I've been watching Martha Stewart's show a lot lately, and I've got to admit the woman's got it going on!  But I don't have her life, her money, her energy, her creativity, her staff, her many, many gorgeous homes, or her self-esteem.  I need to find a way to be okay with that.

Perhaps I'll create an empire where I:

show others how to discard plants that died of neglect;

dress in a way that hides clothing stains rather than waste time removing them;

put together a craft so that it looks like a preschooler made it;

cook a meal so that no one will ask for the recipe;

teach others how to put down throw rugs so there will be a place in every room to wipe the crumbs from your feet;

hire a contractor to enlarge your home when disorganized clutter takes over every inch of the current square footage;

entertain others in your home to ensure that all future dinner parties will be hosted by them;

and by doing all the above, save your sanity.

Love you, Martha!

Wednesday, September 29, 2010

All Sales are Final



In August we decided a trip to the beach was in order.  School was about to start.  I wanted to give the kids a reason to live.  I had my reason to live: school was about to start.  Yeah, it was all good.

My husband and kids were playing in the waves, leaving me lying on the beach all alone.  I was trying to look all "cougar-ish" when I spotted a couple of young men on bicycles who had stopped abruptly in front of me.  One was breathing heavily and attempting to look tired, but I knew what was really going on.  It wasn't the heat of the day, it was my hotness that was leaving him breathless.  I casually glanced down to be sure I was making the most of my "attributes" when I noticed my top was slightly askew, giving the guys a free show.  Well, you know what they say.  You get what you pay for.  They left rather quickly.

Sorry, no refunds.

Friday, September 24, 2010

Anniversary Card (and shameless bragging)


Okay, I'll admit it up front.  I'm posting this card not because it's some great example of creativity, but because I can't pass up an opportunity to show off pictures from my daughter's wedding.

The base of the card was cut from the Cricut Songbird cartridge, welding the back and front together in Design Studio to turn the shape into a card.  I also used the Songbird cartridge for the other layers, which were tweaked in Design Studio to fit within the basic card shape.  The birds are cut from the Cricut Wedding cartridge. I printed the wedding photo on vellum and cut it in on my Cricut to fit the card.  Patterned paper is from the s e i  "Madeline" stack.  The sentiment is stamped and embossed in silver.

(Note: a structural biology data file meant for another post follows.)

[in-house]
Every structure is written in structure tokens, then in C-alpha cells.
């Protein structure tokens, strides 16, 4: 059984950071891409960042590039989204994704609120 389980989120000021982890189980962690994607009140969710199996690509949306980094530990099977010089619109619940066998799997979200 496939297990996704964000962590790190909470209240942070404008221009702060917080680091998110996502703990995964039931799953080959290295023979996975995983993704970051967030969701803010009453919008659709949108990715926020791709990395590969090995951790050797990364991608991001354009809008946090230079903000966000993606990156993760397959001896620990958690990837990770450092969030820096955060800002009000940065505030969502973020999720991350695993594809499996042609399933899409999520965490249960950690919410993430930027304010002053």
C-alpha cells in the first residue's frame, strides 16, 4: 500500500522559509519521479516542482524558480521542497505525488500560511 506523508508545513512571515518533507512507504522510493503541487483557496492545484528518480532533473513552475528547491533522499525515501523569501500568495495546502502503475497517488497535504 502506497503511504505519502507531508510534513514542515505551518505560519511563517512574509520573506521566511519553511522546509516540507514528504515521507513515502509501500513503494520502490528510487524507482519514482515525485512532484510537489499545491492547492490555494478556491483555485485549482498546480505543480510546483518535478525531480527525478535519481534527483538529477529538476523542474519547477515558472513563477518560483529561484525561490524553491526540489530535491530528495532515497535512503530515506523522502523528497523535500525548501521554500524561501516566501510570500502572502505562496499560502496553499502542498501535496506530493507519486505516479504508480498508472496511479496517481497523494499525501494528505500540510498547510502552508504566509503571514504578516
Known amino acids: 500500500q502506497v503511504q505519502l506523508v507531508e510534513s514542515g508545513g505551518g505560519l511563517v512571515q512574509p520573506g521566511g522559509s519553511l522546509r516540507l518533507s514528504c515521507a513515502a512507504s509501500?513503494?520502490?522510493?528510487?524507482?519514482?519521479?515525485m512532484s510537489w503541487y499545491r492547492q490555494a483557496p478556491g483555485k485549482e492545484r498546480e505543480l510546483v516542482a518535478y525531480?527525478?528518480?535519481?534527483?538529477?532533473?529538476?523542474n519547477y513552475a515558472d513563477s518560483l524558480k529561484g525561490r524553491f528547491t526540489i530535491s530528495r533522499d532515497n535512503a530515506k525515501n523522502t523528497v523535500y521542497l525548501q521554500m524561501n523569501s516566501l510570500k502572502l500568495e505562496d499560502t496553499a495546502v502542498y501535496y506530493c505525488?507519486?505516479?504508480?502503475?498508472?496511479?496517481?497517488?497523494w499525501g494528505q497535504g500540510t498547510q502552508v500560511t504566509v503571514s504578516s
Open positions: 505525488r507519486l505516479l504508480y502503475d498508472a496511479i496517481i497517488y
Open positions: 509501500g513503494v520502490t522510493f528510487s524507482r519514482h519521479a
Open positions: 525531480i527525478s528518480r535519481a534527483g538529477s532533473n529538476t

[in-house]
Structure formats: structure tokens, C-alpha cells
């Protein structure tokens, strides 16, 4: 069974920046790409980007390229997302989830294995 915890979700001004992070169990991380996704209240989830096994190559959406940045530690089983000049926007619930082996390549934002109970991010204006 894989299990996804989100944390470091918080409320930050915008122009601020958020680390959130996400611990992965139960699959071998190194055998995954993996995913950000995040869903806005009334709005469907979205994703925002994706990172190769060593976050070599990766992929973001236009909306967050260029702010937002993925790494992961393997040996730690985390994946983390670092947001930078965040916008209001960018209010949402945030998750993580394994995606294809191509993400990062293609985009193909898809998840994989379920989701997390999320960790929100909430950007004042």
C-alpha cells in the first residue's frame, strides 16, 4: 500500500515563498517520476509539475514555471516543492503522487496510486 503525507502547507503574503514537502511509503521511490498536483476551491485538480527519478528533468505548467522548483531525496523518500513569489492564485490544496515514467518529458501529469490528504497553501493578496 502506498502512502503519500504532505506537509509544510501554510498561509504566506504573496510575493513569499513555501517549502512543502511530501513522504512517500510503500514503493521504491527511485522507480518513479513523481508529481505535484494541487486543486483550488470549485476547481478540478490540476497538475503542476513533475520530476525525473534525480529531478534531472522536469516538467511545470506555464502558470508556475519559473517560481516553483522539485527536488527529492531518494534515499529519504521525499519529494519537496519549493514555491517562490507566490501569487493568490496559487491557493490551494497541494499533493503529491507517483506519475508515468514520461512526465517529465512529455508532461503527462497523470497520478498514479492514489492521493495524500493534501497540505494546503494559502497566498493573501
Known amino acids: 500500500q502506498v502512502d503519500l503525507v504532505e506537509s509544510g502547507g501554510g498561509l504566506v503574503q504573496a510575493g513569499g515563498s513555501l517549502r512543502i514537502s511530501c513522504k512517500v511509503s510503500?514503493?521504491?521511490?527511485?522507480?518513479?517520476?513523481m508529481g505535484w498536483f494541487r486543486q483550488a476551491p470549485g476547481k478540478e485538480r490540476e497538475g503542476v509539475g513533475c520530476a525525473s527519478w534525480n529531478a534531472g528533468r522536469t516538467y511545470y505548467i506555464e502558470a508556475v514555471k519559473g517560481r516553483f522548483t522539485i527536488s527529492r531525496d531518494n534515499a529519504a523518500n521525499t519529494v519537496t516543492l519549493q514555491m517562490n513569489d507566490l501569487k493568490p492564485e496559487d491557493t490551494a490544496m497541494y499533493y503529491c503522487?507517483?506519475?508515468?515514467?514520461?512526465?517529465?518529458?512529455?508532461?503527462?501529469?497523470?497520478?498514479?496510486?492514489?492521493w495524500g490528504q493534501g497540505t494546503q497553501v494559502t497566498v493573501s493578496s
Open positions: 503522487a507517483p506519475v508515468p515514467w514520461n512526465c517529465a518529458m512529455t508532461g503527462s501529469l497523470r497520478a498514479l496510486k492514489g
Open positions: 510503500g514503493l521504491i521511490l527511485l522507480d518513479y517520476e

I can't believe it's been a year since the wedding!

Wednesday, September 22, 2010

A Tale of Two Sisters


We couldn't have been more different, Teresa and me.  She was friendly and outgoing; I was ridiculously shy.  She was the life of the party; I just wanted to stay home.  She was extremely smart and opinionated; I was deathly afraid to speak my mind.  She was my big sister and I adored her.

We were born thirteen months apart and whether she liked it or not, I was her shadow.  I depended on her to help me navigate the scary world outside our front door.  Frankly, I was a pest.  But I'm pretty sure she loved me anyway.

Ten years ago, Teresa suffered complications after a surgical procedure and has been in a vegetative state since.  I miss her like crazy.  She had so much to offer the world and I feel that we were all cheated.   I've awakened many nights after dreaming that she miraculously recovered, only to face the reality that it will almost certainly never happen.  And the sadness washes over me once again.  I want so much to have a conversation with her.  She always made me feel that I could do anything.

Yesterday was her birthday.  I wish I could have picked up the phone and called her like I did so many years ago.  Sometimes a girl just needs her big sister.

Wednesday, August 25, 2010

A Very Good Day

The clouds parted, the sun shone through, and for a brief moment I think I even saw the face of God.

It was the first day of the rest of my life.  Glory hallelujah, it was the first day of school.

Straight from the Doctor's Mouth

In case you've been lucky enough to miss my previous whining,  I've been feeling old.  Really, really old.

I had my yearly physical today and I hated every minute of it.  Until the very end, when the doctor sat across his desk from me with his findings...

"You're young and healthy."

The doctor said it, and in my book that makes it official.  I'm young.

Friday, August 6, 2010

Late Night Insecurity

I'm really tired of seeing all the ads on TV Land for a show called She's Got the Look.  It's a modeling competition for women over 35.  The host is Brooke Burke, who likes to shove it in our faces  remind us that for a woman over 35, she looks really good.  I've been told that for a woman over 60, I  look good.

I would like to say it makes me feel better to be told that.  But it doesn't.  I'm only 51.

Wednesday, August 4, 2010

Sleepless in Seattle (and elsewhere)

When will the anxiety ease and let me get some sleep?

I haven't accomplished much in my life and I'm running out of time, and this knowledge is keeping me up at night.  So of course if I'm not sleeping, I'm too tired to do anything the next day.

Vicious circle indeed.

Three's Company (The TV Show)

A ribald comedy about the madcap adventures of three zany roommates and their crazy neighbors.

That's the description that formed in my sleepy head at 4 a.m. when I watched the opening credits.